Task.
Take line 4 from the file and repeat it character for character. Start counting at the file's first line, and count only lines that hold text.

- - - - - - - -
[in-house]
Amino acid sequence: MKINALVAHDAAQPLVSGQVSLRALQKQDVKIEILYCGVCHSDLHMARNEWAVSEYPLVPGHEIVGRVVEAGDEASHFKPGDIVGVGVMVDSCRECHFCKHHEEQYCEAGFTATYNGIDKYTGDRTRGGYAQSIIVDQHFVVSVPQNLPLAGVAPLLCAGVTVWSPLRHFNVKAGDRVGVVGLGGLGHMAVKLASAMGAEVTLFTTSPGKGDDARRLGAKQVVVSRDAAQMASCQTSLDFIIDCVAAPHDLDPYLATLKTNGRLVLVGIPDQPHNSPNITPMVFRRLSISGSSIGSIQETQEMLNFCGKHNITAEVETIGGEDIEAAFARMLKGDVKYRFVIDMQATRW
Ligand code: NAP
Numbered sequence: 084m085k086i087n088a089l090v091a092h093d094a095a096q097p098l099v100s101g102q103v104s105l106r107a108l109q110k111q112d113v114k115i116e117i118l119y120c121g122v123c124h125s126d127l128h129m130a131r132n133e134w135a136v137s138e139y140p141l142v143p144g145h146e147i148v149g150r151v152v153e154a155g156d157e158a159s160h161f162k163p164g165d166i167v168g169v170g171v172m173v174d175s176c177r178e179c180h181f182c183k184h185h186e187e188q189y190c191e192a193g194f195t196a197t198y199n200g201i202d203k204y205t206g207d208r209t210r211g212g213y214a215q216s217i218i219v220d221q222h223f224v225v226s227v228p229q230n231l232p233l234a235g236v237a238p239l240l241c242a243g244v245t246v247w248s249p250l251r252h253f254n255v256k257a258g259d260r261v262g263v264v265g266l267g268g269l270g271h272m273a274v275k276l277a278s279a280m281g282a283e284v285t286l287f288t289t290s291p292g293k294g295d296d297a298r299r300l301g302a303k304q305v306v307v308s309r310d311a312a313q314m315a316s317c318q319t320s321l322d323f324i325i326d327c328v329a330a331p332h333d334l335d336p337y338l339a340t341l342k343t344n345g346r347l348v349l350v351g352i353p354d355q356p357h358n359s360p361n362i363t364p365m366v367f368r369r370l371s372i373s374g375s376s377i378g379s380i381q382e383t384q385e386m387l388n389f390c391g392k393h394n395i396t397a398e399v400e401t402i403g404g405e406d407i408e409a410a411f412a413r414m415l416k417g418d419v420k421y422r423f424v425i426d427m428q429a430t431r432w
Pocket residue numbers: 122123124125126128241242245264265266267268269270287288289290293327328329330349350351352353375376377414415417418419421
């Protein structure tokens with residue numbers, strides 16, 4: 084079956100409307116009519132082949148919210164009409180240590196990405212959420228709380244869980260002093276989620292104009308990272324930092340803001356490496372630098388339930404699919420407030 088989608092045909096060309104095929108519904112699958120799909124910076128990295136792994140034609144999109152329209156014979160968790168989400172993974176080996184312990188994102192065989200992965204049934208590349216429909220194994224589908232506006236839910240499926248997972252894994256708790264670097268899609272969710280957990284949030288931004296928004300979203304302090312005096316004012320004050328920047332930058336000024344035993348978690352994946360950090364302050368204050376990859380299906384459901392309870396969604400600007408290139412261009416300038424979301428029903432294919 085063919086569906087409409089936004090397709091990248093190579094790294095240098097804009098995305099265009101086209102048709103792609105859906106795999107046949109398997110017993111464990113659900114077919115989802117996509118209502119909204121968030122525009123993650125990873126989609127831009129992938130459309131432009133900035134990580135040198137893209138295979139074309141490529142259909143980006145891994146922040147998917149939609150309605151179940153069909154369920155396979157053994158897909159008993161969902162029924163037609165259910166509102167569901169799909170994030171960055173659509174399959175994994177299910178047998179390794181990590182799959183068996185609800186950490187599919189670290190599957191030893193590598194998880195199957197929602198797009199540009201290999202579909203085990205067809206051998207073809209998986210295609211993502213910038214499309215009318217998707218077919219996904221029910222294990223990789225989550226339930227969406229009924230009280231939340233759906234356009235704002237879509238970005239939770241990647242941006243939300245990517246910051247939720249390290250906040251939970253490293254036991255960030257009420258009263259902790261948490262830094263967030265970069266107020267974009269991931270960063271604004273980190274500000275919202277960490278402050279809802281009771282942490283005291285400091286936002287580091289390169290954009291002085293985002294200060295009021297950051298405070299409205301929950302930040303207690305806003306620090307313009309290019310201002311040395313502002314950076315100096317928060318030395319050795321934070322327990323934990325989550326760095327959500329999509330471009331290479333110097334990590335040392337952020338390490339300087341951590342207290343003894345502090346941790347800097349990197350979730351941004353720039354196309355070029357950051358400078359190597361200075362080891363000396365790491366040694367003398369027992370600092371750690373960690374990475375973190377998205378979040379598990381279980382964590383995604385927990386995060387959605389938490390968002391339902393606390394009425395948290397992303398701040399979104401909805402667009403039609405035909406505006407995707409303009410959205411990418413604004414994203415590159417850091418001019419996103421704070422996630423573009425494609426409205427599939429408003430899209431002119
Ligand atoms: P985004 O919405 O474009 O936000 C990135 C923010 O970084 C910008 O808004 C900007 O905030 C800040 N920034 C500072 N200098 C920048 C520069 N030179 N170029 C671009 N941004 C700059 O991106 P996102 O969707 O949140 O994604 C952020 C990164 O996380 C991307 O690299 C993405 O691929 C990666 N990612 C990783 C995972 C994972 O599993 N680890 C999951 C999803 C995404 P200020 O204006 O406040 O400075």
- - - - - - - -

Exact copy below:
Numbered sequence: 084m085k086i087n088a089l090v091a092h093d094a095a096q097p098l099v100s101g102q103v104s105l106r107a108l109q110k111q112d113v114k115i116e117i118l119y120c121g122v123c124h125s126d127l128h129m130a131r132n133e134w135a136v137s138e139y140p141l142v143p144g145h146e147i148v149g150r151v152v153e154a155g156d157e158a159s160h161f162k163p164g165d166i167v168g169v170g171v172m173v174d175s176c177r178e179c180h181f182c183k184h185h186e187e188q189y190c191e192a193g194f195t196a197t198y199n200g201i202d203k204y205t206g207d208r209t210r211g212g213y214a215q216s217i218i219v220d221q222h223f224v225v226s227v228p229q230n231l232p233l234a235g236v237a238p239l240l241c242a243g244v245t246v247w248s249p250l251r252h253f254n255v256k257a258g259d260r261v262g263v264v265g266l267g268g269l270g271h272m273a274v275k276l277a278s279a280m281g282a283e284v285t286l287f288t289t290s291p292g293k294g295d296d297a298r299r300l301g302a303k304q305v306v307v308s309r310d311a312a313q314m315a316s317c318q319t320s321l322d323f324i325i326d327c328v329a330a331p332h333d334l335d336p337y338l339a340t341l342k343t344n345g346r347l348v349l350v351g352i353p354d355q356p357h358n359s360p361n362i363t364p365m366v367f368r369r370l371s372i373s374g375s376s377i378g379s380i381q382e383t384q385e386m387l388n389f390c391g392k393h394n395i396t397a398e399v400e401t402i403g404g405e406d407i408e409a410a411f412a413r414m415l416k417g418d419v420k421y422r423f424v425i426d427m428q429a430t431r432w